We'll take you there

Feb 16, 2000 at 12:00 am

Fantasy Worlds
Photographs by Deidi von Schwaewen, commentary by John Maizels, edited by Angelika Taschen
Taschen, $39.99, 340 pp.

Oz, Shangri La, Atlantis – places from the mind’s molten core, where time comes untied from its moorings. Landscapes of legend or fairy tale, those fabrications by the likes of Lewis Carroll, L. Frank Baum, Frank Capra and Anonymous inflect our lives from childhood to childhood’s end.

But slowly, at first imperceptibly, the dream gardens of everyday people also crop up – with hardly familiar names such as the Bottle Castle, the Owl House, the Grotto of the Redemption, Forevertron, the Watts Towers or the Heidelberg Project. They grow and suddenly, hey!, we see them – these insanely beautiful habitats, these places from the mind’s wandering eye where architecture, sculpture, assemblage, installation, painting, carving, molding and pouring get all mixed up. Right around the corner or over a distant hill, we find them – public sites of creative toil and art in action – one woman’s or one man’s reverie becoming reality.

Fantasy Worlds, a large book of color photographs by Deidi von Schwaewen, records more than 100 such wonderland construction projects from all over the world. Divided into geographic sections – "Europe," "America," "Asia and Africa" – and supported by an appendix with addresses of the sites, phone numbers, a bibliography and a very helpful index, Fantasy Worlds is a great way to spend an hour turning pages with someone you love, someone you want to travel with, immediately, to fantastic, far-flung destinations that seem more than human.

The artists responsible for these half-mad, homemade lifeboats from the S.S. Daily Grind include internationally lauded sculptors Niki de Saint Phalle and Jean Tinguely, folk heroes Ferdinand Cheval (France) and Simon Rodia (Los Angeles), and legions of artists-of-the-people, Wisconsin’s Mary Nohl and Detroit’s Tyree Guyton among them. Sometimes they’ve been welcomed with open arms by their fellow citizens, and their creations protected, restored, even assisted financially by local governments.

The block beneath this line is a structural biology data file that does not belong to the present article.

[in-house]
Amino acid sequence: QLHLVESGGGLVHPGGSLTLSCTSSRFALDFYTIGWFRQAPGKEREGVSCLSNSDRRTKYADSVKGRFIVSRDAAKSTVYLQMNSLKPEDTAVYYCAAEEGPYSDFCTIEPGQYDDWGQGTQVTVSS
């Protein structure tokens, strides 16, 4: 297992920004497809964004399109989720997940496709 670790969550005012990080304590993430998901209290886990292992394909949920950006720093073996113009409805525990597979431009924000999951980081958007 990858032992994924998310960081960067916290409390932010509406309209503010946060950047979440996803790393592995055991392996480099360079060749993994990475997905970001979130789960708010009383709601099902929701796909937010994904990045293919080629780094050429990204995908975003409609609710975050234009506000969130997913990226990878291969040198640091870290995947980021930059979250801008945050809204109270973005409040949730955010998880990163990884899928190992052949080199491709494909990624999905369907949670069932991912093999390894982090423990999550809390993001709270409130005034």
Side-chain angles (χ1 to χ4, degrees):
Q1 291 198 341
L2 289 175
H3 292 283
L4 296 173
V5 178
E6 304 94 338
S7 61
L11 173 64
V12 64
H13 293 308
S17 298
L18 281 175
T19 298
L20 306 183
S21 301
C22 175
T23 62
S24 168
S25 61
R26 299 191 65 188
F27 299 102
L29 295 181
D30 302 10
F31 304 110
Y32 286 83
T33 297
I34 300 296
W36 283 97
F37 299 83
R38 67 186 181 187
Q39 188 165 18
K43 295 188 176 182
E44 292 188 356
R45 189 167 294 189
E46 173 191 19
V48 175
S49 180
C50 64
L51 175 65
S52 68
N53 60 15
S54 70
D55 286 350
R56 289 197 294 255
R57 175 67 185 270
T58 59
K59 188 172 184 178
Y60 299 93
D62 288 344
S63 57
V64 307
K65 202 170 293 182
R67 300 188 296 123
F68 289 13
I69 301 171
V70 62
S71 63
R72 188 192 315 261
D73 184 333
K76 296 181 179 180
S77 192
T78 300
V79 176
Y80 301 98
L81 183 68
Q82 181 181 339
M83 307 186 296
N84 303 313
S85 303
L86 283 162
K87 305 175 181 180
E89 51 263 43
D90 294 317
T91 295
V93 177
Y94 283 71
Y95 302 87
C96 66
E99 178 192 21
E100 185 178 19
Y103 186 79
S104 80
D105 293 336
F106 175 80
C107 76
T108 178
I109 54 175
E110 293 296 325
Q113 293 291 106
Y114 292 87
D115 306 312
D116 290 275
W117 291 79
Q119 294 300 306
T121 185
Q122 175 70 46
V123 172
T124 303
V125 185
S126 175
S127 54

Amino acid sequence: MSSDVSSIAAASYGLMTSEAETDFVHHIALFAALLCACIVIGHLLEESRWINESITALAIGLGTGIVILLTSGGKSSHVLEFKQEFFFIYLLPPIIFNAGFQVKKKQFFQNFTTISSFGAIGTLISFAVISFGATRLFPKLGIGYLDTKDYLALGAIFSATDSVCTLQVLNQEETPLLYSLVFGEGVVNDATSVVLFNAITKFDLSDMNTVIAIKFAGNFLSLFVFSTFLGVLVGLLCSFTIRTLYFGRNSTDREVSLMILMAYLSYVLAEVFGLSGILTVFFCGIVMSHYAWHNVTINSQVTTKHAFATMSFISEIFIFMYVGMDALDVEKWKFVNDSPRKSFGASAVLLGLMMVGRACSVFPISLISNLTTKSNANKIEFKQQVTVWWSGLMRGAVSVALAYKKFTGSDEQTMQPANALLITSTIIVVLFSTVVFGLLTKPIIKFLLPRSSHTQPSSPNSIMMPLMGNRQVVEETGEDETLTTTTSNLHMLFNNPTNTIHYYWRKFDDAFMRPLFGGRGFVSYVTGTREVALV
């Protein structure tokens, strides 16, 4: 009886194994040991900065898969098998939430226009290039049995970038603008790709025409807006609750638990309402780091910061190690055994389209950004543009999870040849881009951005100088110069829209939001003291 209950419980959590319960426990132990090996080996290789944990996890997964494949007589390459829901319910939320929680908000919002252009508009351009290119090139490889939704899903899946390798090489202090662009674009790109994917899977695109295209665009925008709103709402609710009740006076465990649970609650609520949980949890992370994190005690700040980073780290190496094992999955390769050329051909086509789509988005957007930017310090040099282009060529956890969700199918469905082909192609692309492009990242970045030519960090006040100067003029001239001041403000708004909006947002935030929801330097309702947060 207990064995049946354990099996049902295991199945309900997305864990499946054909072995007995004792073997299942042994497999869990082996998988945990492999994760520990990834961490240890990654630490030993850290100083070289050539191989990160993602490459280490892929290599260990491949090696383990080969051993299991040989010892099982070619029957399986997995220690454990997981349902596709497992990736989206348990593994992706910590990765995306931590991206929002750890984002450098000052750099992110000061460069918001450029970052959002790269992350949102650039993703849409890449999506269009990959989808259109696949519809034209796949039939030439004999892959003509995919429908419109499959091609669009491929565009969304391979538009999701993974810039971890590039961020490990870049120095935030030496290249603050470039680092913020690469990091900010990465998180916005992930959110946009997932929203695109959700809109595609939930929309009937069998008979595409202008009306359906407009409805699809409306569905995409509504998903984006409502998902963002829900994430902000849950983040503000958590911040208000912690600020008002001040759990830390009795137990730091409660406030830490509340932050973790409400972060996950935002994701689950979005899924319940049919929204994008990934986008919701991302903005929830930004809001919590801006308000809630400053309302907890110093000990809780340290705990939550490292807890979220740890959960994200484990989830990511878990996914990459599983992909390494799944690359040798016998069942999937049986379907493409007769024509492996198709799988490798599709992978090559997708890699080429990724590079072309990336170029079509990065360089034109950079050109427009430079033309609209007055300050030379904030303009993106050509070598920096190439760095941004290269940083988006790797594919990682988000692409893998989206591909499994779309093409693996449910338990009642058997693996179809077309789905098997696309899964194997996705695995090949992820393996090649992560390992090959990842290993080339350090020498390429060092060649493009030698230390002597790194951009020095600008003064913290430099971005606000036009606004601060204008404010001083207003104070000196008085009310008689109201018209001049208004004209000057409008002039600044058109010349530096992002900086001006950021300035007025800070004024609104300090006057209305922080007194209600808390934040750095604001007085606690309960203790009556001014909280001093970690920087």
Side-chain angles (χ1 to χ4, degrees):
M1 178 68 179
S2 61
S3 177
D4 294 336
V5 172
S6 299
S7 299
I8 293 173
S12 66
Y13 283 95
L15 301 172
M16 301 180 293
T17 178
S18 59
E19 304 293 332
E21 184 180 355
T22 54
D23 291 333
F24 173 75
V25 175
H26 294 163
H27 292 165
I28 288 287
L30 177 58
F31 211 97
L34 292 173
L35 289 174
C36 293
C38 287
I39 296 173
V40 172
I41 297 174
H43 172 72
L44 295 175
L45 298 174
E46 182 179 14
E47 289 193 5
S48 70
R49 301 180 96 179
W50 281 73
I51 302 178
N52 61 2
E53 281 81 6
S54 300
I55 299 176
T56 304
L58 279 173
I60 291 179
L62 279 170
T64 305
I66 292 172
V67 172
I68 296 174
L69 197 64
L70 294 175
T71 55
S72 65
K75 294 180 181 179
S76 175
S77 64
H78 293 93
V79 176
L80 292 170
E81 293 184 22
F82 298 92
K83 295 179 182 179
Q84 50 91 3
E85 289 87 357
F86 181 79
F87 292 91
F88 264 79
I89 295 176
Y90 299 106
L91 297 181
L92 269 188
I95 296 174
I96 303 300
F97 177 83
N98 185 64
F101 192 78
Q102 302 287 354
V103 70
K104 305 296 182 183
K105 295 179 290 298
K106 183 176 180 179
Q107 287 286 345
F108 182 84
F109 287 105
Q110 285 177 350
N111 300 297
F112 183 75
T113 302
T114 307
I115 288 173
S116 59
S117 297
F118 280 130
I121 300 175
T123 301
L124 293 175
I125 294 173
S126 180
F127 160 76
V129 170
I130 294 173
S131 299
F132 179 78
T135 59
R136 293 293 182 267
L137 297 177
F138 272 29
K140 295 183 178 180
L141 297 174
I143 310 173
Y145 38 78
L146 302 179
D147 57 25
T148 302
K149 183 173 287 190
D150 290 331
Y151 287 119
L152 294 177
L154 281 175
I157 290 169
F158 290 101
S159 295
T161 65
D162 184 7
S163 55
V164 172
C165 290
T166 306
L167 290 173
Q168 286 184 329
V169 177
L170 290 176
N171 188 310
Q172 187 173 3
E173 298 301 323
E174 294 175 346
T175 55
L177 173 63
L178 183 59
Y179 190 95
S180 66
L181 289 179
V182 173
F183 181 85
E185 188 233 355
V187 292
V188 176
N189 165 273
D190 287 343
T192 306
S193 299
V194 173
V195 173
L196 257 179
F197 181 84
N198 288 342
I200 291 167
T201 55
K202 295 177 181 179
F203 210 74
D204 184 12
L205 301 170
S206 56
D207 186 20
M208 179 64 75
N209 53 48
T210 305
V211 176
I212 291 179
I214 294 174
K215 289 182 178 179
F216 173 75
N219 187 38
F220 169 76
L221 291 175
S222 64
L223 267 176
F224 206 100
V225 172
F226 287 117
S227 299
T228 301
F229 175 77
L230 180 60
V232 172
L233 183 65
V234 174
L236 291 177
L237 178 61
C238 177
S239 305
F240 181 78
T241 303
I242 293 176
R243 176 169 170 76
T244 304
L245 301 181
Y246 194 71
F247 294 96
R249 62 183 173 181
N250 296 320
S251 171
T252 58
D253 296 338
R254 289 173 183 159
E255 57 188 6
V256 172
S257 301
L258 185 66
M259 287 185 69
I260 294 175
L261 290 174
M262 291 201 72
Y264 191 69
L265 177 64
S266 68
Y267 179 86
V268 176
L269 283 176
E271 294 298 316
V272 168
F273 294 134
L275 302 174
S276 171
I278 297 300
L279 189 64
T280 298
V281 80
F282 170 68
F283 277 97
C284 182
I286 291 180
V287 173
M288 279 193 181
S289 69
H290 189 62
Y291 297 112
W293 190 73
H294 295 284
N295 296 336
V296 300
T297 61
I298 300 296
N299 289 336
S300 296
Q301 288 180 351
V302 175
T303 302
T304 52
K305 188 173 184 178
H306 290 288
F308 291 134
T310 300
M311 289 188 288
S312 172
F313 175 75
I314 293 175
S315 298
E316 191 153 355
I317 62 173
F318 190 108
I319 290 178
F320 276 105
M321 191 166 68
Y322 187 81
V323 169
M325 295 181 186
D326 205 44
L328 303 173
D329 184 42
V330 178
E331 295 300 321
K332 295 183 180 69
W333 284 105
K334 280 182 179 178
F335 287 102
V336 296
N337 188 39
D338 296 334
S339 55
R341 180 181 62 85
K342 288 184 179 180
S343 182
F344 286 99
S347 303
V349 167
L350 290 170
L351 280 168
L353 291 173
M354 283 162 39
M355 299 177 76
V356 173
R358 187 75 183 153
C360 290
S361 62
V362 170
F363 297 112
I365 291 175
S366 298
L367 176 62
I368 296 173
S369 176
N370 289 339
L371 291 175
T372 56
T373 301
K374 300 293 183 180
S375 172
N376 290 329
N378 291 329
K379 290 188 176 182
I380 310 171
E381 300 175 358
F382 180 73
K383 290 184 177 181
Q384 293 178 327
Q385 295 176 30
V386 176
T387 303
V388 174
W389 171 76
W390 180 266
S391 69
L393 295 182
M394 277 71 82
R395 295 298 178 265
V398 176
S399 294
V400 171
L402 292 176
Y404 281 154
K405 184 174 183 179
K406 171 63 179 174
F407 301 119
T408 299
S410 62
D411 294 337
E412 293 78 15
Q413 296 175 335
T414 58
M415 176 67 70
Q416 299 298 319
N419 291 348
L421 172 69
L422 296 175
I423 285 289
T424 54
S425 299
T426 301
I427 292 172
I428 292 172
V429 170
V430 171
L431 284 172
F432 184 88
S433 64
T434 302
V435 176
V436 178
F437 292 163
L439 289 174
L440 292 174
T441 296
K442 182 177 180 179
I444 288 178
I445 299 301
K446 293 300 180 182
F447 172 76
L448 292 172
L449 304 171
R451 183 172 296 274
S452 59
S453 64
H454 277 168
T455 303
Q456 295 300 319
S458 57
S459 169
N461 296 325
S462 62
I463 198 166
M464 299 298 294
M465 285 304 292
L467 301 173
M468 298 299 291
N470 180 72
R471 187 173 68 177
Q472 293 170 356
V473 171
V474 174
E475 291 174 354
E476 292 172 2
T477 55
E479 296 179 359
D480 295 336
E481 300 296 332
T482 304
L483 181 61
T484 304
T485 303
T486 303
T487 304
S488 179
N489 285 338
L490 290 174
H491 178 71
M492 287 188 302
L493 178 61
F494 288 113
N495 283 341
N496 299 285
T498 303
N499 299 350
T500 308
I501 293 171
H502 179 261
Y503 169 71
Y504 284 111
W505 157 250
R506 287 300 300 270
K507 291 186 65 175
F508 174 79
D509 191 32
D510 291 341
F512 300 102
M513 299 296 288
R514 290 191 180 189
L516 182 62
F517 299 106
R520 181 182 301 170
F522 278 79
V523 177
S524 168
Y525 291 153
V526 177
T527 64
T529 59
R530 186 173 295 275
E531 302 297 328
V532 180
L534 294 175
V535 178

But, as Outsider Art critic John Maizels writes in his introduction to Fantasy Worlds, "No one will ever know how many undocumented sites have failed to find the protection so often needed to preserve them from ignorant authorities and embarrassed families." Detroit’s mayor and City Council, recently so insensitive to the aesthetic and social value of Guyton’s Heidelberg Project, please take note of a case in point: Whereas the City of Los Angeles sought to demolish Rodia’s Watts Towers in the late ‘50s, the present LA administration is treating the internationally renowned landmark as a treasure.

The ideas fertilizing these artscapes beyond the limits, these elysian fields of inspiration, are as varied as the locales and the lives of the often prophetlike individuals who conceive of them. From mysticism to megalomania, from urban revival to emotional rescue, from color obsession to primal meditation, the range of projects suggests that Fantasy Worlds is just scratching the surface of what the horizon has to offer when it comes to the extraordinary, the truly magical arts of the earth.

George Tysh is Metro Times arts editor. E-mail him at [email protected]